• As regards these celestials: how do these creatures react when they are summoned by an evil, but still genuinely faithful, priest of the Silver Flame like Krozen or Dariznu? Do these couatl and flame-born angels see the darkness in the heart of their summoner?

            First of all, I’ve already called out that my house rule is that a cleric’s power source overrides their personal alignment for purposes of magic; celestials don’t have some sort of superior detect evil that overrides this. But also, it’s important to recall how we approach alignment in Eberron in the first place. Here’s a link to one of my posts on the subject. Think of the scene in Empire Strikes Back, where Yoda says of Luke “There is much anger in him.” In my opinion, that could be translated to “I used detect evil, and he’s evil.” An evil alignment doesn’t mean that someone is some sort of irredeemable monster. It doesn’t even mean they’re ever going to commit an evil act; it means that they COULD and would do so without remorse. In Eberron, evil people can do good things. So the short form is that even if the celestial does recognize that there’s evil in Krozen’s heart, that doesn’t change the fact that he’s a faithful servant of the Silver Flame who may be pursuing a noble purpose.

            I assume that Krozen will not summon a couatl to assassinate a turbulent priest who has done nothing worse than get in the way of his vision for Thrane. Likewise, would Dariznu get anywhere summoning a spirit of the Flame to assist his Inquisition against innocents?
            They could certainly use the 5E spell summon celestial to accomplish either task. It doesn’t summon an actual couatl; it summons a generic “celestial spirit” with a specific stat block, and at no point does it suggest that the celestial can question the orders of the caster. Don’t think of it as an independent entity; think of it as an extension of the will of the priest given substance by the energy of the Silver Flame. That entity isn’t omniscient and it doesn’t know who is an isn’t innocent. BEING a spellcaster with the ability to cast the spell means that the caster is entrusted with the authority to command celestials; it’s not the place of the celestial to ask for some sort of accounting of the situation before it will act.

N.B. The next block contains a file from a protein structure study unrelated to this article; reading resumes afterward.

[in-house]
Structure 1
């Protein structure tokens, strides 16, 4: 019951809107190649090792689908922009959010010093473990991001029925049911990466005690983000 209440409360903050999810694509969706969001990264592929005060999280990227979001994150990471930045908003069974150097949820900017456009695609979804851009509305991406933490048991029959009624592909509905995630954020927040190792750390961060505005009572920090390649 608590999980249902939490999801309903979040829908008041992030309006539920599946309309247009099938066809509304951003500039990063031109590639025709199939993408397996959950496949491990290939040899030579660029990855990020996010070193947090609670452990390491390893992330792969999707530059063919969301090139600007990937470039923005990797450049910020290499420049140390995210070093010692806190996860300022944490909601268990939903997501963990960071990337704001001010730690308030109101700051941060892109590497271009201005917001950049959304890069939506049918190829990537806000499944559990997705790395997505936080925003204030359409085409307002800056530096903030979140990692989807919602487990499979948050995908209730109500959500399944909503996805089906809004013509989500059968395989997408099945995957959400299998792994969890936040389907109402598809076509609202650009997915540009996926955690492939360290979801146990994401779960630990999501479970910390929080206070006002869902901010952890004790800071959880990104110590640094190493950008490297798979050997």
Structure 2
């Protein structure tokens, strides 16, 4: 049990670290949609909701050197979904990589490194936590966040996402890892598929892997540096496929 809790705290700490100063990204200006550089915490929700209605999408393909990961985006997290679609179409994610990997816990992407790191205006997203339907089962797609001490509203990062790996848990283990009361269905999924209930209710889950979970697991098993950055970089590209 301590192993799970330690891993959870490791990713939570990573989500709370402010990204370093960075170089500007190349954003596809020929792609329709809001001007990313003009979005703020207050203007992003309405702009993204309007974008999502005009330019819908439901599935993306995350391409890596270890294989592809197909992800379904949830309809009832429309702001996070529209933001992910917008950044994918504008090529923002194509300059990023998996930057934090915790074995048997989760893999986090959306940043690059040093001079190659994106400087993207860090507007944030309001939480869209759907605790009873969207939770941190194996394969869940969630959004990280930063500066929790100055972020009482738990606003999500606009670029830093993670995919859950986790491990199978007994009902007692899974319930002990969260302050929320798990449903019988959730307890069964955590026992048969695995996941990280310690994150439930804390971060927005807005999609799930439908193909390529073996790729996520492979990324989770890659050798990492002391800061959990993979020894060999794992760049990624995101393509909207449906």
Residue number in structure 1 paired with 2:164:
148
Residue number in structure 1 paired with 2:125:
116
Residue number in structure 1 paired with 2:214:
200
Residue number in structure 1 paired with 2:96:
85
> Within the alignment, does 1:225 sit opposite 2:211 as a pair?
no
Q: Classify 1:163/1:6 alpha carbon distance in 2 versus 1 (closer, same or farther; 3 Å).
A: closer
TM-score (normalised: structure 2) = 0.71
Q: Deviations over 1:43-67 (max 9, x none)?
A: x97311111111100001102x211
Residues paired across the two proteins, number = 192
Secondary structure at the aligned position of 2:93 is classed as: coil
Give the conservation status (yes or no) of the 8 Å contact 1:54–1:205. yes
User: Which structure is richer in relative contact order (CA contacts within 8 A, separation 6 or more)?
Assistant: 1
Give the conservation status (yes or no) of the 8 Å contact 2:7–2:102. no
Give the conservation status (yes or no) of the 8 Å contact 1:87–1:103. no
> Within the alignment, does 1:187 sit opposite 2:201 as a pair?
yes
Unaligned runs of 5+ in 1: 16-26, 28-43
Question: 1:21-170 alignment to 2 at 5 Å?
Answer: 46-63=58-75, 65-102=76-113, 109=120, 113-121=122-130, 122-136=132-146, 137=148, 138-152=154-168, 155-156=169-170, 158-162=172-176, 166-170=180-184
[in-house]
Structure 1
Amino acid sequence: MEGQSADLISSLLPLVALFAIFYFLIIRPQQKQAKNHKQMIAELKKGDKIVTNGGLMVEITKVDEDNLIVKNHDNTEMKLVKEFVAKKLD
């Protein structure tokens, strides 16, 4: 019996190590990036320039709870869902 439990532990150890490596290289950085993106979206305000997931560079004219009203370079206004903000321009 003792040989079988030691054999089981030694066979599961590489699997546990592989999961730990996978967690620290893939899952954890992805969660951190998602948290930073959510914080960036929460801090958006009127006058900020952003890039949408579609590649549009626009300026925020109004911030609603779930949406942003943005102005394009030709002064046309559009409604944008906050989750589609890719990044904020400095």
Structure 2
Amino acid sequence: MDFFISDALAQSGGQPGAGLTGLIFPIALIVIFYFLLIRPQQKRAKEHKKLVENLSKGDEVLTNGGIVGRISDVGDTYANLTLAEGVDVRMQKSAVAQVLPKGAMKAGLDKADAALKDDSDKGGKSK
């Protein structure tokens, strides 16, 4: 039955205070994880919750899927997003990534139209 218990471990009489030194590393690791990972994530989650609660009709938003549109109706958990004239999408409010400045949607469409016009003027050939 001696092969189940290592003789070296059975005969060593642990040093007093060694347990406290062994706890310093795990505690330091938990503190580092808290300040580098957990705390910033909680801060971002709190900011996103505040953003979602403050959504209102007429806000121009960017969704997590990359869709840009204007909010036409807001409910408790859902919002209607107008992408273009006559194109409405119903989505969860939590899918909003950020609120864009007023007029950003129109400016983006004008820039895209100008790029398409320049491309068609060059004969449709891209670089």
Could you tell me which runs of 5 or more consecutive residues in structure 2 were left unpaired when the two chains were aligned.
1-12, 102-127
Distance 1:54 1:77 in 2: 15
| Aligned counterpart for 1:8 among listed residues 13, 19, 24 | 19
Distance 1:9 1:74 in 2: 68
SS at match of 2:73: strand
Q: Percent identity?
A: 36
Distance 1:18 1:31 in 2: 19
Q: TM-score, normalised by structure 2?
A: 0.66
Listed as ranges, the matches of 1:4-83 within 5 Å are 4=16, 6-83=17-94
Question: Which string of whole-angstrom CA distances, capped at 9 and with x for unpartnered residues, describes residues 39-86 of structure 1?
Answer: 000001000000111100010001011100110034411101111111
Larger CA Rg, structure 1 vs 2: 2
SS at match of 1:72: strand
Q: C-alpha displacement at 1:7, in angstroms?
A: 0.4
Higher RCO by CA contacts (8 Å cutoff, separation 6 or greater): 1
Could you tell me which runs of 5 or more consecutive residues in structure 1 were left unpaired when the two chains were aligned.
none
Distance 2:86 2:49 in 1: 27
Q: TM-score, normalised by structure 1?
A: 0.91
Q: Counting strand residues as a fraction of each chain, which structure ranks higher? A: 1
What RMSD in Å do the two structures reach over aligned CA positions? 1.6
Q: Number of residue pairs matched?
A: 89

Planar Ally is a different situation, as it does summon a pre-existing entity who “is under no compulsion to behave in any particular way. You can ask the creature to perform a service in exchange for payment, but it isn’t obliged to do so.” Dariznu can’t cast planar ally. Krozen can, but he would have to convince it to perform the service; if he wants it to assassinate another priest, he will definitely have to make a VERY good case as to why it’s necessary. But, perhaps he can make that case!

  3. In terms of the Shadow in the Flame, I feel like Melysse Miron being a secret is a bit strange; not only would knowledge of her seem to be hard to totally suppress (even if doable), but her case seems like an easy morality play about the Shadow in the Flame. How public is knowledge about the Shadow in the Flame and its capabilites?

    • I feel like Melysse Miron being a secret is a bit strange;
      What makes you think anything about Melysse Miron is a secret? (I don’t mean this to sound snarky, I assume it’s a statement I’ve made somewhere—just not my current vision!) The Time of Two Keepers is a well known part of history, and Exploring Eberron says “This triggered a deep schism that lasted for years, until Melysse was finally revealed to be the chosen hand of the Shadow in the Flame—it was not the Silver Flame, but rather the overlord Bel Shalor, that strengthened her in Flamekeep.” Given that the rift in the faith was healed by this revelation, I assumed it was definitely public knowledge.

      Likewise, in my opinion the Shadow in the Flame is very well known. In presenting the hierarchy of evil in Exploring Eberron — one of the most basic tenets of the faith — I say
      The evil within. Every follower of the Flame must recognize their own capacity for evil action; only through awareness can they guard against it. The Shadow in the Flame is always whispering, and it is arrogant and foolish to ignore that threat.

      • I think it’s probably “[t]he church, meanwhile, has stricken all mention of Melysse from their records and only the highest-ranking clergy know of her existence”

        Does this instead refer to knowing she’s still *alive* rather than knowing of her historically? Or is she more known as a figure and details about her are not taught publicly?

        • Does this instead refer to knowing she’s still *alive* rather than knowing of her historically? Or is she more known as a figure and details about her are not taught publicly?

          Yes, THIS was my intent. It’s not that people don’t know she was the Keeper of Bel Shalor, it’s that they don’t know she’s petrified in Dreadhold.

      • Original dreadhold article! I forgot that was revised with ExE
        > The church, meanwhile, has stricken all mention of Melysse from their records and only the highest-ranking clergy know of her existence